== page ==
The other invoice in the bundle was from the wright Robert Hay, who installed the ‘trows’. The Millport Mill was powered by an overshot wheel, where the water flowed over the top of the wheel rather than underneath it. This was necessary because the Dam was at a higher level than the mill itself, but it may also have been originally arranged deliberately because an overshot wheel is more efficient than the more usual undershot arrangement. The water from the Dam flowed to the wheel through strong wooden troughs – the ‘trows’ – and Robert Hay made new ones at a total cost of £24 9s. They were substantial items and it took 12 pints of tar and 8 pounds of pitch to waterproof the timber, the application of the pitch taking up two whole days. Work on a stone pillar built by Robert Bonnar to support the trows began with the digging out of six cartloads of clay for the foundation. The pillar itself took two men two days to build, using eight carts of rubble stones for the core, which was faced with rough ashlar stone and the whole held together with seven shillings-worth of lime mortar. Bonnar also employed two men to dress and lay 35 feet of flagstones to bridge the trows where they crossed the ground between the Dam and head of Collier Row.
Robert Hay was an experienced wright who lived in Buchanan Street. In the early 1830s he began undertaking building work and is described as a builder on his death certificate (1856). His son, Robert jnr, trained as an architect in Edinburgh and two of the buildings he designed are still standing in Dunfermline – the North Free Church in Bruce Street (formerly McKissock’s carpet warehouse, now Nando’s restaurant) and the Wilson Institute in the New Row.
By 1833 forty-three girls and seven men were being employed at the Millport Mill. Although the hours were long Messrs Malcolm and Wilson seem to have been enlightened employers by the standards of their time. Work began at 5.30 am with a half-hour break for breakfast at 9.00 am (the workers preferred to take only 15 minutes and finish 15 minutes earlier at the end of the day). There was another half hour for lunch at 1.00 pm and work finished at 7.30 pm, or 4.30 on Saturdays. There were at least five paid one-day holidays in the year and workers were paid in full during days that were lost by machinery breakdown and they were not required to make up the time later. The firm paid for the medical treatment of any worker injured in an accident and full pay was given during their time off work.
The girls who worked at the mill were very young, most of them starting at about the age of eleven, because the considerable dexterity needed to work the machines was more easily acquired at a young age. The inspector for the 1833 enquiry described what was involved in the work.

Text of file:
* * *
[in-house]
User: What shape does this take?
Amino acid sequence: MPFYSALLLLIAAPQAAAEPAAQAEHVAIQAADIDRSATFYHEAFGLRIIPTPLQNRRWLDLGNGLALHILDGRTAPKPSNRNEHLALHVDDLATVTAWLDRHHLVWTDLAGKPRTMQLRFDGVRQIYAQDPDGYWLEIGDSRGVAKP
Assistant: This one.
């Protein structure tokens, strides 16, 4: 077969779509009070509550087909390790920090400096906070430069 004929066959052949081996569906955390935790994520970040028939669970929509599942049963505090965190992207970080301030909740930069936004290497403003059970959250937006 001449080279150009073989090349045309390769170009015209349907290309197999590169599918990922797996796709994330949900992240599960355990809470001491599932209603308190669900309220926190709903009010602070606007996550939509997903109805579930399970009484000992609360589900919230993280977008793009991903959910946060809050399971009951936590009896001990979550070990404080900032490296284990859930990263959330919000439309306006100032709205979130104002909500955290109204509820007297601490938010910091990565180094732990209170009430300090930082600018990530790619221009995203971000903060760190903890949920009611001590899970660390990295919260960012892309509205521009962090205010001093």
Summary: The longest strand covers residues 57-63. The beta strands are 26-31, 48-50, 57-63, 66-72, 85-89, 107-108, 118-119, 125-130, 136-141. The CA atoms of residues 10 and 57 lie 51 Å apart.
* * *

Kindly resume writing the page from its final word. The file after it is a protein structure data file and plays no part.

I observed two girls for some time in Mr Malcolm’s mill, (aged) about thirteen each, in the same pass or space between two frames; one attended to sixty wet spindles or the spinning of sixty threads of yarn of five ounces to the hank, the other to fifty spindles. The first had 11d the other 10d a day….It is quite impossible to give an adequate notion of the quickness and dexterity with which these girls joined their broken ends of threads; shifted the pirns; screwed and unscrewed the flies etc. To supply the place of such artists by new adult hands would be utterly impractible, and difficult in the extreme to find a relay of hands equally expert, under present circumstances. There is no sameness of attitude – no standing still; every muscle is in action and that in quick succession.
Malcolm and Wilson’s lease ended in 1845 and in accordance with its terms all their machinery was removed from the building. By this time mill-spinning was in decline in Dunfermline so there was no attempt to extend the lease. The buildings, comprising the mill and the steam engine house and stalk (chimney) were valued by two local builders at £345, which James Hunt paid to John Wilson, who had taken over the lease from John Malcolm. John Wilson died in the following year and John Malcolm in 1852 at the age of 74 at his home in the Maygate which was later named Abbot House. In his private life he was a ‘vocalist’ and in 1809 had published a volume called The Dunfermline Psalmody. His grave in the northern graveyard of Dunfermline Abbey is marked by a flat stone that records not only his death but also those of his wife Catherine Wilson and their seven children, most of whom survived to adulthood.